TT-639 -- 10,000 Tickets, a Good Idea or Not? e-biz news from Japan

* * * * * * * * * T E R R I E 'S T A K E * * * * * * *
A weekly roundup of news & information from Terrie Lloyd.

General Edition Sunday, November 20, 2011, Issue No. 639


- What's New -- 10,000 Tickets, a Good Idea or Not?
- News -- Interesting data about high net worth individuals
- Candidate Roundup/Vacancies
- Upcoming Events
- Corrections/Feedback
- News Credits

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When we first heard about the ten thousand free flights
being offered to bloggers by the Japan Tourism Agency (JTA)
to come to Japan, we were a bit incredulous. This has been
an agency that until now has had to work with minimal
budgets and manpower. So for them to lay out JPY1.1bn for
tickets and to provide the manpower and logistics required
to execute this campaign was quite a surprise. Actually,
though, the announcement is still just a trial balloon,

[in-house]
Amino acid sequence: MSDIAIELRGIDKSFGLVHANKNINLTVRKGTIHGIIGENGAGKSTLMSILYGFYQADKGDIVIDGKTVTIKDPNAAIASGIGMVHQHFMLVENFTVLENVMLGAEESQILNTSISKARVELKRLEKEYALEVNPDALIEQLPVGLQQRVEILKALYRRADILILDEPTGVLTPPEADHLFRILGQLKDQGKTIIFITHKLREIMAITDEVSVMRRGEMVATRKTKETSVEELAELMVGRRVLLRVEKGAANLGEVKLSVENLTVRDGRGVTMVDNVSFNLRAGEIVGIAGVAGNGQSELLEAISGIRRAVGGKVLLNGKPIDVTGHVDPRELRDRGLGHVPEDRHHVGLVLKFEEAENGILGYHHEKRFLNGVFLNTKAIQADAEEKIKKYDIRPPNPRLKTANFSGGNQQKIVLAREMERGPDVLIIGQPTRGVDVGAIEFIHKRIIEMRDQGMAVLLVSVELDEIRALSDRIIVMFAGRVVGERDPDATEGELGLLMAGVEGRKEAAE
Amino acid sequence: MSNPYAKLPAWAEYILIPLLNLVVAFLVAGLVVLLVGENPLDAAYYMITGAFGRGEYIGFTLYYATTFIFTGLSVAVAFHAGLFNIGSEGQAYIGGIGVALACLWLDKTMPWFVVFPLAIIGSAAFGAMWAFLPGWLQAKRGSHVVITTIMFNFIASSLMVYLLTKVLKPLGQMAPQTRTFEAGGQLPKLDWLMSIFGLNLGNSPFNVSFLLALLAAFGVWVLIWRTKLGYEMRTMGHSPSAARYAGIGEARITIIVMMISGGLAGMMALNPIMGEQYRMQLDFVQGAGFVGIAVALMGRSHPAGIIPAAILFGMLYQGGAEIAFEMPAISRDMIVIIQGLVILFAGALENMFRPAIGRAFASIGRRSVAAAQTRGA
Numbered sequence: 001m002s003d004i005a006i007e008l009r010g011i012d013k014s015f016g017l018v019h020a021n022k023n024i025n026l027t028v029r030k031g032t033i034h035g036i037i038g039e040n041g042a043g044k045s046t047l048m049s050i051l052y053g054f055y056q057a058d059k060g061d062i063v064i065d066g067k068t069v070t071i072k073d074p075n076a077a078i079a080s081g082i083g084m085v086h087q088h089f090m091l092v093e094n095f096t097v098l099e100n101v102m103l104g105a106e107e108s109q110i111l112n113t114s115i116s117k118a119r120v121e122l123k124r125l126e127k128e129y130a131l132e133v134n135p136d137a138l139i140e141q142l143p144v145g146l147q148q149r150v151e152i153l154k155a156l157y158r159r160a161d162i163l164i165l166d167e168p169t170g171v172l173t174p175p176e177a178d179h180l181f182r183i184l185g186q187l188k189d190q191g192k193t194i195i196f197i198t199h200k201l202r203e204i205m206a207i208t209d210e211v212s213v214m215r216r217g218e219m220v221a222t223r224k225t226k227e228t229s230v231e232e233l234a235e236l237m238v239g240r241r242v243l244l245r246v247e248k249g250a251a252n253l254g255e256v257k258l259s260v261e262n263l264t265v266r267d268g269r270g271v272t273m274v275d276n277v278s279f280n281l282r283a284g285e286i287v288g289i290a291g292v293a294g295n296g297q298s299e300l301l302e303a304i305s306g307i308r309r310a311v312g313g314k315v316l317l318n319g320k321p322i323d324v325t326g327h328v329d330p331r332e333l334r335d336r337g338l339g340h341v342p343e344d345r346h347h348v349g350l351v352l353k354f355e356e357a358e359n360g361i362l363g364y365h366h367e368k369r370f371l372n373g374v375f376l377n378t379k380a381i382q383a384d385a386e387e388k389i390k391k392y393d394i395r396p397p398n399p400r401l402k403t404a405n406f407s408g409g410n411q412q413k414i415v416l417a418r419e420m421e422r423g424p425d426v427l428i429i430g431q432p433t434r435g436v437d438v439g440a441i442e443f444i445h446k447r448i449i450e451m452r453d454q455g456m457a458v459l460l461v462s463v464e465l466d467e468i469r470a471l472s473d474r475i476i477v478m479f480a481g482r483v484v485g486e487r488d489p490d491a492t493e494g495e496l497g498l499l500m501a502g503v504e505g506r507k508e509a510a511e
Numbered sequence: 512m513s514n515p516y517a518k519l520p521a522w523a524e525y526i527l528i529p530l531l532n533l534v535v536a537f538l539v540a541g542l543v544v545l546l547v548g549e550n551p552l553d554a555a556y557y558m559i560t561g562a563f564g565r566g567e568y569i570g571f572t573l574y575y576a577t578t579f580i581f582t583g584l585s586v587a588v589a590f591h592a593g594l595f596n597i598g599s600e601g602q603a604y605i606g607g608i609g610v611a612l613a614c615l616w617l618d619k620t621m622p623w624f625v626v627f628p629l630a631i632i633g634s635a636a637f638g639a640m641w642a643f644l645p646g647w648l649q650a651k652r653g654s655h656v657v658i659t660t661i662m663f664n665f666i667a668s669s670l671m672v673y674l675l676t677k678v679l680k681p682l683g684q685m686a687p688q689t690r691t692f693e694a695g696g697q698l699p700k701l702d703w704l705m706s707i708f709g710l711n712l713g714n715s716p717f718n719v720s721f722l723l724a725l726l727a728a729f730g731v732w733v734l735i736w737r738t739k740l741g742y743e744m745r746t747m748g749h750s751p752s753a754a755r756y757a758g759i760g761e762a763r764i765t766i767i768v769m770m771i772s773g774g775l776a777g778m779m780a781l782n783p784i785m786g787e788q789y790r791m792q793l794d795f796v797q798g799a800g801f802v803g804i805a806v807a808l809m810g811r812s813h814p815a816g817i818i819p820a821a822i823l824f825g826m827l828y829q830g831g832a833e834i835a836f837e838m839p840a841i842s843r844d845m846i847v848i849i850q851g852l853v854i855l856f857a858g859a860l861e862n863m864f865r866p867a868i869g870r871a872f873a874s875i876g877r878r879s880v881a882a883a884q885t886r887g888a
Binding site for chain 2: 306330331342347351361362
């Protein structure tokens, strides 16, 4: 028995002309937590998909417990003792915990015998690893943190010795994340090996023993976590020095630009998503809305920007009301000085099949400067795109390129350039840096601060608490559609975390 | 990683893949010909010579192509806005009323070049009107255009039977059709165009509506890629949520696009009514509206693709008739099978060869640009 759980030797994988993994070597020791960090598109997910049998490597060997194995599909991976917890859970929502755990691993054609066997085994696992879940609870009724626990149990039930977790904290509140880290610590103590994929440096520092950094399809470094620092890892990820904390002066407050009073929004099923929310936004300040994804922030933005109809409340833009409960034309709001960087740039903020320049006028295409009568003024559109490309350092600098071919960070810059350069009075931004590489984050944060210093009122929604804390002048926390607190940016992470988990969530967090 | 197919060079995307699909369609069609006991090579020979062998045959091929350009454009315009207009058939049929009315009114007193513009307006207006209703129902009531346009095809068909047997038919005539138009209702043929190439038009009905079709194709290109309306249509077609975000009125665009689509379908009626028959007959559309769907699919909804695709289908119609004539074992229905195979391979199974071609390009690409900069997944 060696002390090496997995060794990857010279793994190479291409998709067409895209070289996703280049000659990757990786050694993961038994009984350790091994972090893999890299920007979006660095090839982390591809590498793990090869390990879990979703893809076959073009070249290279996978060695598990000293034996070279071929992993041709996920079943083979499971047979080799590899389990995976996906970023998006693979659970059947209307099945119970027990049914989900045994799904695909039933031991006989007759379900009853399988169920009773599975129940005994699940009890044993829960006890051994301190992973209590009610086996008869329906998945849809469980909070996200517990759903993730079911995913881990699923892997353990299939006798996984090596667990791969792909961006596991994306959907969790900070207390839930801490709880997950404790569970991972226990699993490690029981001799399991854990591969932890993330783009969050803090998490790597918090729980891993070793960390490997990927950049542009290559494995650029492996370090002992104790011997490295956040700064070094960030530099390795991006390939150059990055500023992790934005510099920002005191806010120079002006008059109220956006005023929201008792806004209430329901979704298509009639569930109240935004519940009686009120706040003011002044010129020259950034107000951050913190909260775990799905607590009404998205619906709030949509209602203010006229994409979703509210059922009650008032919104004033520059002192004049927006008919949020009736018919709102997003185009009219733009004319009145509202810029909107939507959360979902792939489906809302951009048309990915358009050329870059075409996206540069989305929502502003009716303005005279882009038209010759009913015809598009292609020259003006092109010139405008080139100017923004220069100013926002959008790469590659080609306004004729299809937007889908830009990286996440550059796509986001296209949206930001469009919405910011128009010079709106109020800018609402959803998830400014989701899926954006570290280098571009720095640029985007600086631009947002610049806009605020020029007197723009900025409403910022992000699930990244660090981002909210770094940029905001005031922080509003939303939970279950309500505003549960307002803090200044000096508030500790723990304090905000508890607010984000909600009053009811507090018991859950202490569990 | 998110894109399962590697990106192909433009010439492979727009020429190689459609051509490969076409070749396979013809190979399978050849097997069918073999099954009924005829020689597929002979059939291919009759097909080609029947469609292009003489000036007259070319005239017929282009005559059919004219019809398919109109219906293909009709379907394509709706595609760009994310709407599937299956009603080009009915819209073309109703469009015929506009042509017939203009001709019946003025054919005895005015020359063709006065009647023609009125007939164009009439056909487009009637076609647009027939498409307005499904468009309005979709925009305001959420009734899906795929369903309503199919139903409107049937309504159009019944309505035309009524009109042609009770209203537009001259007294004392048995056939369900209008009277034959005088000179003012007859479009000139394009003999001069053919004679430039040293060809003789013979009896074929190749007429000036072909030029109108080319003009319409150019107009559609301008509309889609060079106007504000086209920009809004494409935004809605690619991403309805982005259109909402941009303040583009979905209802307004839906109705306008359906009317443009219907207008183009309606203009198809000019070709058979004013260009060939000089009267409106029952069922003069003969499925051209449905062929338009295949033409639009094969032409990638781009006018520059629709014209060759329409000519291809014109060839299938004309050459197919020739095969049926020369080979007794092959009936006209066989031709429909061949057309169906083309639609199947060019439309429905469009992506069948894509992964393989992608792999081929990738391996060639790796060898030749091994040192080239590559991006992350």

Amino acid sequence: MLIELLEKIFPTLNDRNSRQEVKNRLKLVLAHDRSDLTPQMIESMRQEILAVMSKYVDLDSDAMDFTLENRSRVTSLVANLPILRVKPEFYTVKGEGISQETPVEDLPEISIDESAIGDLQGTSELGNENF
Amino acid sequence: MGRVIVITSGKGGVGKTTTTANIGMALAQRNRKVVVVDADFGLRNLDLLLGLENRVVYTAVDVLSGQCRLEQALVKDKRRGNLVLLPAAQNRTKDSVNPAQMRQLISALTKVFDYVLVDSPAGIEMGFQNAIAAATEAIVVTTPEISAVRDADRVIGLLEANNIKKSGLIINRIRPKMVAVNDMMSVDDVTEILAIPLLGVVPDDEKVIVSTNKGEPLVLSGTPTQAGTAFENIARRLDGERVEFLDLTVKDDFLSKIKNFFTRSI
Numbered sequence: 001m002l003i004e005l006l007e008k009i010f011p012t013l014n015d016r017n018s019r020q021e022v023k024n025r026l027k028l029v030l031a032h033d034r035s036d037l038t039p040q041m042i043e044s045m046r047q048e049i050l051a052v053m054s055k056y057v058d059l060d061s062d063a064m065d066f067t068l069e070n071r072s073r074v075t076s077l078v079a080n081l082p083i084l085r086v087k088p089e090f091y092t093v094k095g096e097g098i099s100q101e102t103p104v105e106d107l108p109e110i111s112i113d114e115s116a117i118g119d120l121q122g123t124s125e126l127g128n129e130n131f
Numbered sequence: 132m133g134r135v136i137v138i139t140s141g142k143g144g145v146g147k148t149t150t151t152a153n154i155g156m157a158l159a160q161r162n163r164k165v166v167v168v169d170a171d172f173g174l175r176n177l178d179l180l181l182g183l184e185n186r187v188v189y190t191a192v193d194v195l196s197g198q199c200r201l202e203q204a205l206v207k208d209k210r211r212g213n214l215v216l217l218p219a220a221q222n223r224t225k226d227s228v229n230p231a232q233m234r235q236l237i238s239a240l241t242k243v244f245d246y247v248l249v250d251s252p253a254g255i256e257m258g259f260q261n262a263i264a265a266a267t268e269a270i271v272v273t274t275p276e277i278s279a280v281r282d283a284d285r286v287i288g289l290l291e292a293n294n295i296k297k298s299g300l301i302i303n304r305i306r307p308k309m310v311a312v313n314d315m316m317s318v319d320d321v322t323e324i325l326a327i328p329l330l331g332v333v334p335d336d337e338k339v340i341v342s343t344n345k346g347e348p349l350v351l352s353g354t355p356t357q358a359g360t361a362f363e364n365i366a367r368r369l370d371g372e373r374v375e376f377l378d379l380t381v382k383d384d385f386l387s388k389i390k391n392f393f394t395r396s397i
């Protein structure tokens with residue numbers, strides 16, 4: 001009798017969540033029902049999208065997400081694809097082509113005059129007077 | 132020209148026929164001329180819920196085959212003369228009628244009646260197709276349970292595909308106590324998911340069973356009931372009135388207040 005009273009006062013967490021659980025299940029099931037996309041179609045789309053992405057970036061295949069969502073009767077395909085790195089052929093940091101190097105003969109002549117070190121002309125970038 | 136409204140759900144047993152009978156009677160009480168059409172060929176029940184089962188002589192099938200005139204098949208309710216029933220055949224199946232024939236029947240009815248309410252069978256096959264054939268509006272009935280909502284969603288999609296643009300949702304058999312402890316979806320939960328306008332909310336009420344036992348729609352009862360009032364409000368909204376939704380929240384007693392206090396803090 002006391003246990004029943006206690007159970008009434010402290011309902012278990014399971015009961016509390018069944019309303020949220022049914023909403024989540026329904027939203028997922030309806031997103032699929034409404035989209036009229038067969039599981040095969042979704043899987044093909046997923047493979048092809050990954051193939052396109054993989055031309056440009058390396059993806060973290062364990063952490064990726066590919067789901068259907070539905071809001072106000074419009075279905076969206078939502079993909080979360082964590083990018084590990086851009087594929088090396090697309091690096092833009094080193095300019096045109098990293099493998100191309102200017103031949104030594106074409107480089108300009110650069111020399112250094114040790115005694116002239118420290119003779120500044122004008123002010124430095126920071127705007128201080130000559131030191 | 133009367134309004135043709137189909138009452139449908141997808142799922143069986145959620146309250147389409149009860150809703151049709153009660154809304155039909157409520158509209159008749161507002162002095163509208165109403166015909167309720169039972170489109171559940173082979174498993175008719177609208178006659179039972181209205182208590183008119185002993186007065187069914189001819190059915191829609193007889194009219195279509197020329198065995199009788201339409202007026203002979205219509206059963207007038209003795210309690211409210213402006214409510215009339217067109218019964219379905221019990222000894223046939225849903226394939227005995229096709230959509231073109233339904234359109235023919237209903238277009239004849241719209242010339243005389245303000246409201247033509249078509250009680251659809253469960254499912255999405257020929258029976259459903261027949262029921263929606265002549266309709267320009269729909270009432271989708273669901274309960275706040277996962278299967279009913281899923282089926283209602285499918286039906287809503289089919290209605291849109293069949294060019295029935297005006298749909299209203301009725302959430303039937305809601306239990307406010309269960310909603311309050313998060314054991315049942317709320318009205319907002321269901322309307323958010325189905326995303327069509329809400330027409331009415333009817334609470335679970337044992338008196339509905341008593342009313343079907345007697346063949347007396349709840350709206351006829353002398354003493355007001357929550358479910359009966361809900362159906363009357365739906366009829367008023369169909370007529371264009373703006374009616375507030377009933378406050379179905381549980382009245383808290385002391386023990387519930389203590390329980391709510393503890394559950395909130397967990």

because the JTA has yet to get budget allocation from the
Diet, and we won't know until March 2012 whether it will
pass muster or not.

However, we presume that it will -- because everyone knows
that Japan's tourism industry is in the pits at present
and needs urgent CPR.

It didn't take long for the news to get out on the wires
and the blogosphere, and for people to get quite excited
about the opportunity to win a free round trip to Japan.
Indeed, since the announcement there have been over 100
million searches on Google for terms relating to free
tickets to Japan. Hundreds of news agencies and
publications have picked up the story, and as a trial
balloon we'd have to say that it has been a huge success.
Even if the budget approval doesn't happen next March, the
attention that the JTA has won for Japan with this story
will be invaluable.

Obviously many "entrepreneurial" types have sensed an
opportunity in the promotion. We don't know the details,
but the JNTO had to run an announcement on their website
last month, warning visitors that "There have been reports
in some countries about acts of fraud related to this
media report. The Japanese government has not committed to
provide free flight tickets to Japan to anybody. Please be
careful not to get caught up in this kind of fraud."

[Continued below...]

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[...Article continues]